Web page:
The Philips CDi has become somewhat of a curious piece of technology. Until recently most gamers had never heard of the 1990s would-be game console, but some horrifying Zelda animations and word of a lost Super Mario game changed that. Now people want to know just what this CDi thing was all about and what games were available for it. The rest of the CDi library can't be as bad as those Zelda games, right? 1up.com has a look back at the best and worst of the CDi family, covering everything from a wretched miniature golf game featuring Eugene Levy to a "nightmare simulator" that makes you question your worth as a human being. These truly are games from the alternate universe. Take a look at the CDi library and, like me, you'll find yourself wondering just who could possibly believe that these games could have been fun or profitable enough to keep a game console division afloat.
Take the first stage [of Mystic Midway: Phantom Express], which has you shooting childhood fears like safety pins and leaky diapers. Throughout the entire level, you'll hear babies crying, the off-key singing of nursery songs, and a woman yelling things like, "I never wanted children! YOU were the one who wanted children!" This continues on for many stages, culminating with the "old-age" level, which ends with your family telling you they don't love you, and that they can't wait for you to die. What a fun game!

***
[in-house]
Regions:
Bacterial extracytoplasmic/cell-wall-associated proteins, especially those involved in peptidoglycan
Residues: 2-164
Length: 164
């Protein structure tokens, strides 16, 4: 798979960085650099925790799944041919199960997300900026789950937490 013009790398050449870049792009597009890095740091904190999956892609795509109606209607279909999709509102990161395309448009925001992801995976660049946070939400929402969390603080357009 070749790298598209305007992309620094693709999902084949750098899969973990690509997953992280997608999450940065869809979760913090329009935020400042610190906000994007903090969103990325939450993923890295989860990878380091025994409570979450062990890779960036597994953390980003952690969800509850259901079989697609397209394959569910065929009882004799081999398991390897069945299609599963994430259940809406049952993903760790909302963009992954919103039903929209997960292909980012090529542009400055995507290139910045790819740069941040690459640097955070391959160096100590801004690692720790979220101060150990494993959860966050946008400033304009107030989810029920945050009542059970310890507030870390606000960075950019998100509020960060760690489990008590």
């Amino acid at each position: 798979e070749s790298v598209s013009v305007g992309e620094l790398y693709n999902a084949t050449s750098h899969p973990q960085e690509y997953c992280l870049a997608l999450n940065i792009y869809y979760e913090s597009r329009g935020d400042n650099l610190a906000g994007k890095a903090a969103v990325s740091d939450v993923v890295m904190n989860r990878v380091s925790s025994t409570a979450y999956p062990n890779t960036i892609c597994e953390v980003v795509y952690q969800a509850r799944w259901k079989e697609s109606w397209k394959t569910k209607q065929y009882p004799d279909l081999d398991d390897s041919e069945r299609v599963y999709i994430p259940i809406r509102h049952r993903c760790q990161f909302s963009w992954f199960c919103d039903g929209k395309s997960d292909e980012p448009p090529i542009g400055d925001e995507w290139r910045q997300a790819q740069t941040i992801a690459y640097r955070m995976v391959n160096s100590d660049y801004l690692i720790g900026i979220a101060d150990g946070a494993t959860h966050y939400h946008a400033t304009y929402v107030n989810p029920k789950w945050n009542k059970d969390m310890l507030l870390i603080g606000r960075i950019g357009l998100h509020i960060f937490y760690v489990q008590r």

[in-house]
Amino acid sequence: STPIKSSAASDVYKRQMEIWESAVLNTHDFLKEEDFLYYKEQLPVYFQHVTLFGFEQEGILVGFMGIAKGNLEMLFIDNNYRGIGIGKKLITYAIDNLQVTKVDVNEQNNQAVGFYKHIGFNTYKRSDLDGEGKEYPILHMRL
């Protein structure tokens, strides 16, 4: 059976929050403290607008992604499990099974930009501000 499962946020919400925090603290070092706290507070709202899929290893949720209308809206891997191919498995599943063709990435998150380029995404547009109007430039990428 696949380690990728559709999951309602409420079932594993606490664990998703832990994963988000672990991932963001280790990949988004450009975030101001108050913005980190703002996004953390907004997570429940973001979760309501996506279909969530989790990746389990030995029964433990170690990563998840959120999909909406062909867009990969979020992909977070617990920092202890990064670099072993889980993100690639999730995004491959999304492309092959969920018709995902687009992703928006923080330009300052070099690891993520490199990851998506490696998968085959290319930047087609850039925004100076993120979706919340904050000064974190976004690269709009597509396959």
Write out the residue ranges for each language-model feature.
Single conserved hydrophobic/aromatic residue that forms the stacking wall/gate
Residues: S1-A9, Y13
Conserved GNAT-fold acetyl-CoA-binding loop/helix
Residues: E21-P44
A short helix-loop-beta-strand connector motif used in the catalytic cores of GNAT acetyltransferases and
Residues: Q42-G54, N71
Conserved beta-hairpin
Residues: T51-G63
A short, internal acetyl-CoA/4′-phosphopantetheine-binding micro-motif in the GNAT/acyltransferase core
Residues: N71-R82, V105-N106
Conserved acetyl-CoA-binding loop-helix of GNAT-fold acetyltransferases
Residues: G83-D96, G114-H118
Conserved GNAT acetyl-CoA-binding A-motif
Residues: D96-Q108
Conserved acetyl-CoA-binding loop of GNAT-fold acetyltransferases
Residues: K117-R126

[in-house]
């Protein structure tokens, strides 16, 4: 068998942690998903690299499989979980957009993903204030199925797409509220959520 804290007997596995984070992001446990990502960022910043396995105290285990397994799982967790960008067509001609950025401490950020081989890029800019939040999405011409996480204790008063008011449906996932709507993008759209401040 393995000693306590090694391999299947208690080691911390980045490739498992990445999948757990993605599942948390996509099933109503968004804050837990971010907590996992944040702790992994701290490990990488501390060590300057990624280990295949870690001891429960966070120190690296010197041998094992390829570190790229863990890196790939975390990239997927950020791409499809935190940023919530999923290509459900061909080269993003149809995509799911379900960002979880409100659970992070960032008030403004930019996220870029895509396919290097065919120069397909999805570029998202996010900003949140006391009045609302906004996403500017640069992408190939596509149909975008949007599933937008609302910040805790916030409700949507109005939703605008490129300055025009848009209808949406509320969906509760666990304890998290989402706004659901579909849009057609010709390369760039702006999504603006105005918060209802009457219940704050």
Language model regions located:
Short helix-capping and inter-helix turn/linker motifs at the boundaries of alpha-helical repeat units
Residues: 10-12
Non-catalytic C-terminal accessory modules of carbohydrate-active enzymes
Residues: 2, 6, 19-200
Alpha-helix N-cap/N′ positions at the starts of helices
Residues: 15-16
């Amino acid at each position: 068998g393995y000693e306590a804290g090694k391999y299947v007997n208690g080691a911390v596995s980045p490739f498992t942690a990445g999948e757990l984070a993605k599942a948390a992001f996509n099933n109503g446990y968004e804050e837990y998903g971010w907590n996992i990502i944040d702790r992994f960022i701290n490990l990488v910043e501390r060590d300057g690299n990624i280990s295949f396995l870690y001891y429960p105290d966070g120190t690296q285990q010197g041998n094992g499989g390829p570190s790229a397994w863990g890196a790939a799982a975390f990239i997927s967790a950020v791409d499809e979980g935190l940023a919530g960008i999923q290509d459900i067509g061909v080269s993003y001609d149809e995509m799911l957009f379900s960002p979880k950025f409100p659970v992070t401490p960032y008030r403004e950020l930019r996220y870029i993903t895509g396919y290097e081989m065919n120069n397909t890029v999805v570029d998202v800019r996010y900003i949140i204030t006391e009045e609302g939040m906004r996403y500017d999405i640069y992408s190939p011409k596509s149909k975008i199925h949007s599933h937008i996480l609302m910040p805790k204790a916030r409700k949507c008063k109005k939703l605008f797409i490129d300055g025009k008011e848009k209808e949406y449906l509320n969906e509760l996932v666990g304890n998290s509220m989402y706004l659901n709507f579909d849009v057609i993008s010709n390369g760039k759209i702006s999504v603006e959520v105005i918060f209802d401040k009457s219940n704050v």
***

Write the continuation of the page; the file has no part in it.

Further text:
And Philips wondered why the CDi left a smoking crater in their revenues, eh? The article implies that the CDi is starting to become the next big hot thing in the world of collecting retro video game equipment, but I can't see myself (or anyone else, for that matter) running off to eBay with visions of a digital Eugene Levy dancing in my hopes and dreams. I love retro stuff as much as the next gamer, but even I have limits.